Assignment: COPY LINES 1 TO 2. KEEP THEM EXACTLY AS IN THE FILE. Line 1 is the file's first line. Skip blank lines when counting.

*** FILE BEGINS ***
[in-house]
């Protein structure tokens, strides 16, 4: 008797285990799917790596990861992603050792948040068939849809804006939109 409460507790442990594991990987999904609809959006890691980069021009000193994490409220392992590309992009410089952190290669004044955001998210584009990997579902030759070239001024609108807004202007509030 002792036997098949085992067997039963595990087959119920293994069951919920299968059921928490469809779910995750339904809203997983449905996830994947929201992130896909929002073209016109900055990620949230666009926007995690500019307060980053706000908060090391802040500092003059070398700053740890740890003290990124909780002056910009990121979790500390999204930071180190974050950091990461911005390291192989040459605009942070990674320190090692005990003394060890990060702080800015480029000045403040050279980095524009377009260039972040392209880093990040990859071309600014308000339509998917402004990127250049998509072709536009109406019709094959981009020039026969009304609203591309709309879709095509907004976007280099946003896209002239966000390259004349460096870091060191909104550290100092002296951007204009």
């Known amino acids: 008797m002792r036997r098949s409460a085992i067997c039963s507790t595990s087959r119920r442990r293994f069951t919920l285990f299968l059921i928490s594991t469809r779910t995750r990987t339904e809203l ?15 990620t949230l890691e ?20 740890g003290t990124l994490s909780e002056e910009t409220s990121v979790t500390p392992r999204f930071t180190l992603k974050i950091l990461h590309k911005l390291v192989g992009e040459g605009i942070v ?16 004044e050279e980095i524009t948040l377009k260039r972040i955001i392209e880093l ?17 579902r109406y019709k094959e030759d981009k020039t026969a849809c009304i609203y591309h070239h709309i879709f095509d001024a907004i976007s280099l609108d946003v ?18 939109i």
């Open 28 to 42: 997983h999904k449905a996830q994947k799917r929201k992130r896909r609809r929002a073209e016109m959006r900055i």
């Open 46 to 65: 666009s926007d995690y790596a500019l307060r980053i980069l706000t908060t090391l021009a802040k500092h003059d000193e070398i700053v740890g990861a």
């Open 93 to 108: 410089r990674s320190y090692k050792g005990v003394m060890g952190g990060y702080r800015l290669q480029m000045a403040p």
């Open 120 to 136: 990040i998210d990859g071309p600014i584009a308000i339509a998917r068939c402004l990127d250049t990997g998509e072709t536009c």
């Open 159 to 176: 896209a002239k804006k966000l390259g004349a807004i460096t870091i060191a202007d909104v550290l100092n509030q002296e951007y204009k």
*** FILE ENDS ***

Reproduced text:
[in-house]
């Protein structure tokens, strides 16, 4: 008797285990799917790596990861992603050792948040068939849809804006939109 409460507790442990594991990987999904609809959006890691980069021009000193994490409220392992590309992009410089952190290669004044955001998210584009990997579902030759070239001024609108807004202007509030 002792036997098949085992067997039963595990087959119920293994069951919920299968059921928490469809779910995750339904809203997983449905996830994947929201992130896909929002073209016109900055990620949230666009926007995690500019307060980053706000908060090391802040500092003059070398700053740890740890003290990124909780002056910009990121979790500390999204930071180190974050950091990461911005390291192989040459605009942070990674320190090692005990003394060890990060702080800015480029000045403040050279980095524009377009260039972040392209880093990040990859071309600014308000339509998917402004990127250049998509072709536009109406019709094959981009020039026969009304609203591309709309879709095509907004976007280099946003896209002239966000390259004349460096870091060191909104550290100092002296951007204009």